U.S. and UK leaders face domestic hurdles to their efforts to sell Saudi Arabia conventional weapons.

Trump War Powers Veto Survives Override

 

The U.S. Senate failed to override President Donald Trump’s April 16 veto of a congressional resolution to assert authority over direct U.S. involvement in the war in Yemen. The 53–45 vote taken May 2 did not get the 67 votes needed to overcome Trump's veto of the War Powers Act resolution, which had passed the House of Representatives on April 4 and the Senate on March 13. (See ACT, May 2019.)

Sen. Bernie Sanders (I-Vt.) shown speaking in Texas in April, introduced the resolution restricting the U.S. military's involvement in the war in Yemen, later vetoed by President Donald Trump. (Photo: Sergio Flores/Getty Images)“The bad news today: we were unable today to override Trump’s veto regarding U.S. intervention in this horrific war in Yemen,” Sen. Bernie Sanders (I-Vt.), who introduced the Senate resolution, said following the vote. “The good news: for the first time in 45 years, Congress used the War Powers Act to reassert its constitutional responsibility over the use of armed forces.”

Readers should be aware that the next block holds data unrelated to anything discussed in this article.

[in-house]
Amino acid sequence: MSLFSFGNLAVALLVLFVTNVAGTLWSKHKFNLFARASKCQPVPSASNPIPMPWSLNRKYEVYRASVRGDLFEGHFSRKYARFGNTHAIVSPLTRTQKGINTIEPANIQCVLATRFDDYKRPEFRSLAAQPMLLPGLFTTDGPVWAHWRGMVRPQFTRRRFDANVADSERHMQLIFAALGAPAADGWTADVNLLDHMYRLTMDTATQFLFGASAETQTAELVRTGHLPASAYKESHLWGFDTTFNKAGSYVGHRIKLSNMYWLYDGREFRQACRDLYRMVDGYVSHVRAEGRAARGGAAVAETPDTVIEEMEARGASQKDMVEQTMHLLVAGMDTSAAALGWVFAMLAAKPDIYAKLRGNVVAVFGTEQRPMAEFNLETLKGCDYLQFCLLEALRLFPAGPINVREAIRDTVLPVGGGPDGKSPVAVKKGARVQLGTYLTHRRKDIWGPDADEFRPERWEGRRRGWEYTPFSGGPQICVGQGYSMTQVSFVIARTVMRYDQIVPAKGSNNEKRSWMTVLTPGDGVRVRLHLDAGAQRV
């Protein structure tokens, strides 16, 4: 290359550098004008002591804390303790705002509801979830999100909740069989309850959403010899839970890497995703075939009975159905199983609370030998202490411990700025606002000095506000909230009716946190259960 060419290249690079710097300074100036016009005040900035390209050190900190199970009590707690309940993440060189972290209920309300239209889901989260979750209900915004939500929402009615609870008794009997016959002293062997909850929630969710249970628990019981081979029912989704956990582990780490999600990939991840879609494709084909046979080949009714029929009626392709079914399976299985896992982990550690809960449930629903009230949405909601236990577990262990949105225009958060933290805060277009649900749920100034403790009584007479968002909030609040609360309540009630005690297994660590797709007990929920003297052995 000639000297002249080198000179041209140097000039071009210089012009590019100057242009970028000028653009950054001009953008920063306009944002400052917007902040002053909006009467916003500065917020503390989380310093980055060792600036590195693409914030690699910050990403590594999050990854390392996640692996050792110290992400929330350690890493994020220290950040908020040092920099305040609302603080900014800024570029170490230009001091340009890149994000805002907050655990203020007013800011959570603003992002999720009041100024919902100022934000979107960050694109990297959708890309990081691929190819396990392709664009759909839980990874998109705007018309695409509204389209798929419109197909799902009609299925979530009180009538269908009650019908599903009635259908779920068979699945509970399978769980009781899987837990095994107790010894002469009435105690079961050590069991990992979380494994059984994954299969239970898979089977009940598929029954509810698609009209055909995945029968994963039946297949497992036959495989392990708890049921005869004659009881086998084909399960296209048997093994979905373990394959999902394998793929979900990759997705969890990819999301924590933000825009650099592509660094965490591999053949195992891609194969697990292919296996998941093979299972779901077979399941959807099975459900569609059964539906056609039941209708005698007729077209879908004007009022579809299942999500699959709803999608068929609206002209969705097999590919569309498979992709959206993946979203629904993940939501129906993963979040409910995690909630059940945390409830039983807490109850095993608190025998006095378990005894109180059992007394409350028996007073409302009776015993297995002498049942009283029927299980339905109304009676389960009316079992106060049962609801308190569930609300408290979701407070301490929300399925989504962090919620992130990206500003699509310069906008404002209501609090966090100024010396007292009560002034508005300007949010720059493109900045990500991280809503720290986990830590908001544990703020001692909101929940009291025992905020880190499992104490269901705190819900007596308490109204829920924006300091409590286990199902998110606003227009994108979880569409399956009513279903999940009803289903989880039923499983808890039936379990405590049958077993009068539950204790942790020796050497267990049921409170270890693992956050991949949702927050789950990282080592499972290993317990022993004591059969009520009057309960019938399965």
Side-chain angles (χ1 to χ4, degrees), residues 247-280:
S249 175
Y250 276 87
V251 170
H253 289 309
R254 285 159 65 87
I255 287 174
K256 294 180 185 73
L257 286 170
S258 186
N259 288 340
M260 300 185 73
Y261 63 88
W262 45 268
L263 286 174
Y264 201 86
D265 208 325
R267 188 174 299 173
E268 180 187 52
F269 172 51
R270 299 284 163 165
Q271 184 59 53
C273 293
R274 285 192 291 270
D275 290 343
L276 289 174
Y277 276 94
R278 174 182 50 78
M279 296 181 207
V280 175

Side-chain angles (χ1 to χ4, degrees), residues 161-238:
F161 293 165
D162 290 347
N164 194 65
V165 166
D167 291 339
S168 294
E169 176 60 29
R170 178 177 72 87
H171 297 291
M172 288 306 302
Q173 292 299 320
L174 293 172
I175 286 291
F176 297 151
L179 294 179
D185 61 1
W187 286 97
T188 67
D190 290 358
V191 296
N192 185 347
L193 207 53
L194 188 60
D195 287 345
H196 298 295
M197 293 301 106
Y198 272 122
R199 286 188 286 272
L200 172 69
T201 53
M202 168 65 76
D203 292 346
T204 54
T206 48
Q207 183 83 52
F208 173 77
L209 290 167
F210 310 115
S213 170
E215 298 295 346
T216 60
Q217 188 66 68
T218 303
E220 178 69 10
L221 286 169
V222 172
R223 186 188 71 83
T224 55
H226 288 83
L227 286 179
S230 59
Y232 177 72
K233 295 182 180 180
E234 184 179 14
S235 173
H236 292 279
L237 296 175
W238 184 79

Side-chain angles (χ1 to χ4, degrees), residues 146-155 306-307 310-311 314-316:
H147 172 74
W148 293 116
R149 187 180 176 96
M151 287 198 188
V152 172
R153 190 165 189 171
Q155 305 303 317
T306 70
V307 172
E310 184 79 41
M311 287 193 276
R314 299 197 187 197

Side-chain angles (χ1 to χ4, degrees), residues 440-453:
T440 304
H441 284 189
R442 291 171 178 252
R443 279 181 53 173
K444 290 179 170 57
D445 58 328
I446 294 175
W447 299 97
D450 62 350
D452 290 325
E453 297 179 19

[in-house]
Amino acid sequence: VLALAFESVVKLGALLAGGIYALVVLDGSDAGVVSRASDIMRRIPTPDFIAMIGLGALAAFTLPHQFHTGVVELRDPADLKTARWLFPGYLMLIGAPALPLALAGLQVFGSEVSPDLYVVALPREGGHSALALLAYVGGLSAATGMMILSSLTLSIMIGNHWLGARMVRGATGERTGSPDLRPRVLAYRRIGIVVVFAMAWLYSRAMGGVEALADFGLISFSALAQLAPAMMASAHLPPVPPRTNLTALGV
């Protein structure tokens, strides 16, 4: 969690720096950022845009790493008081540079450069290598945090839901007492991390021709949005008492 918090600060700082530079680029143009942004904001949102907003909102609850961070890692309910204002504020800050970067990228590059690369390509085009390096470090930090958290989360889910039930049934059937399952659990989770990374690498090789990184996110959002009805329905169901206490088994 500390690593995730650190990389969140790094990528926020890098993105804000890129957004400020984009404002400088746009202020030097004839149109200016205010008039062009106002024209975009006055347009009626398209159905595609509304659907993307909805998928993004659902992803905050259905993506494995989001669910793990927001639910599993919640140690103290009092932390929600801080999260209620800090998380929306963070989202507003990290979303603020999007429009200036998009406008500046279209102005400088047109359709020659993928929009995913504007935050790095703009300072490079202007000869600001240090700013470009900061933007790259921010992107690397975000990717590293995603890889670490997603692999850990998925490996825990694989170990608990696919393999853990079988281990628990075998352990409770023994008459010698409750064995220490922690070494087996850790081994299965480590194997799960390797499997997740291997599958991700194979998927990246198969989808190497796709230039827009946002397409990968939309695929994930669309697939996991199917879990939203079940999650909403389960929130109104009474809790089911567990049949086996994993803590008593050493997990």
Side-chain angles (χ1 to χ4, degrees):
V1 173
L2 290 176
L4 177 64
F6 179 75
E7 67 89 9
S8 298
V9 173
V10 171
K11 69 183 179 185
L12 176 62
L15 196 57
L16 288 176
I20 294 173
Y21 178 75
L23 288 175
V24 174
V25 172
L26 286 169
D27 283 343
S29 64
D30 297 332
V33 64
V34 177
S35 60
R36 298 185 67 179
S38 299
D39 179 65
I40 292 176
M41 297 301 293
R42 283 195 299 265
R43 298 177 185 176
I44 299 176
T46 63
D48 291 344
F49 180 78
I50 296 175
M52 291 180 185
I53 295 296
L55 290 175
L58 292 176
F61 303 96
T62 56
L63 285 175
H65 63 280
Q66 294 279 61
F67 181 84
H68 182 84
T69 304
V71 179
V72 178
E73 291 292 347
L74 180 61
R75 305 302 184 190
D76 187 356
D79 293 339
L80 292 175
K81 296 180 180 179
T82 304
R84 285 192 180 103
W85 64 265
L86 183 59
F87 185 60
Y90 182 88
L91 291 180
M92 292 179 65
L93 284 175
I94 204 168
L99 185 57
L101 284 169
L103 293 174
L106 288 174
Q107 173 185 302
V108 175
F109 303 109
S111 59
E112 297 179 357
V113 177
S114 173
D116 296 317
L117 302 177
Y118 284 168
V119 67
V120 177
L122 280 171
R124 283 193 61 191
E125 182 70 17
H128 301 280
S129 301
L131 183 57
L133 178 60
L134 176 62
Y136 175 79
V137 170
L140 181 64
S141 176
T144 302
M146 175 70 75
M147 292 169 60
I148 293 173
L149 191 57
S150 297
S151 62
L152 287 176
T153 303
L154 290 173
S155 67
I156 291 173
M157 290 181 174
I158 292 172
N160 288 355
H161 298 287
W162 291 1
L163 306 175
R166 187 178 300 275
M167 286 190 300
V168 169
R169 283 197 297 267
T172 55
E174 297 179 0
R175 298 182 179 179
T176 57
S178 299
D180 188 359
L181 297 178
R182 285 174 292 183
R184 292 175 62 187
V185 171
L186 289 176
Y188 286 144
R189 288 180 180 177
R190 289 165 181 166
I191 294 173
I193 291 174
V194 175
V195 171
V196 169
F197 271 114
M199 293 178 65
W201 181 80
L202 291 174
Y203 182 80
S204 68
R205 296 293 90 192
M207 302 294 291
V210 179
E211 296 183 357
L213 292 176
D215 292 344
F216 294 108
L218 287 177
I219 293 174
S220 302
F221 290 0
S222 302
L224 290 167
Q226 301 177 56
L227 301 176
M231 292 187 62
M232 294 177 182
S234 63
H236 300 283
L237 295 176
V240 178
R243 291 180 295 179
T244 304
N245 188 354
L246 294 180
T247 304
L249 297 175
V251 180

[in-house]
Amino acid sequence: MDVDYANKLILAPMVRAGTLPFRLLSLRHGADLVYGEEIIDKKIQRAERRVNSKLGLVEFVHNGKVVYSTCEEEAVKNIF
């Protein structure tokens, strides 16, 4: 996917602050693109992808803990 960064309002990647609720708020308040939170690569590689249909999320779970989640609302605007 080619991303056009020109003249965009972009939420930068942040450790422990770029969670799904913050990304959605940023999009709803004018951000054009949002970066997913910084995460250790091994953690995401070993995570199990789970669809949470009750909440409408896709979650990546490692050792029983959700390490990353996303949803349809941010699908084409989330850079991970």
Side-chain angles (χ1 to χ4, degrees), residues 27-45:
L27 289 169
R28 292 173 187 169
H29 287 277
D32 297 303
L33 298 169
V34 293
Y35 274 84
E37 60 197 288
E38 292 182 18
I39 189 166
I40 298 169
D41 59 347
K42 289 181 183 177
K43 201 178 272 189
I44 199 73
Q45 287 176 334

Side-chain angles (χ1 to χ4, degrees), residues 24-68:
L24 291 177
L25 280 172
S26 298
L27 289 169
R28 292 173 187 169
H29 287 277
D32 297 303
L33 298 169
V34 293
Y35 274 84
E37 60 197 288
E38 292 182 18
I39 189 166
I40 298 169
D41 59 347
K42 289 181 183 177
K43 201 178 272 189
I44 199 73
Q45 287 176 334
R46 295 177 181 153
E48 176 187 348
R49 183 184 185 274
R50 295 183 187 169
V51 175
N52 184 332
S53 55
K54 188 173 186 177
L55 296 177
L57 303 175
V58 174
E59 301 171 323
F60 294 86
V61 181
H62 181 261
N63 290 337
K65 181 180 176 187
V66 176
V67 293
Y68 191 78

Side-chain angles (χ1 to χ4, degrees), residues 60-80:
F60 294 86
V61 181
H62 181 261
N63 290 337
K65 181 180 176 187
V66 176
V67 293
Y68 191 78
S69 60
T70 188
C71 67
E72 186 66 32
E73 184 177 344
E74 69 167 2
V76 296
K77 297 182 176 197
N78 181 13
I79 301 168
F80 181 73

The override vote closely mirrored the Senate vote of 54–46 to approve the resolution in March, with the same five Republicans joining Democrats in supporting the resolution. Two senators did not vote on the veto override, one on each side of the issue.

Asserting authority over war on arms control issues was a congressional theme in May as many legislators raised flags about possible U.S. military intervention in Iran. “Congress has not authorized war with Iran, and the administration, if it were contemplating military action with Iran, must come to Congress to seek approval,” said Sen. Robert Menendez (D-N.J.), ranking member on the Senate Foreign Relations Committee, on May 15.—JEFF ABRAMSON

Trump War Powers Veto Survives Override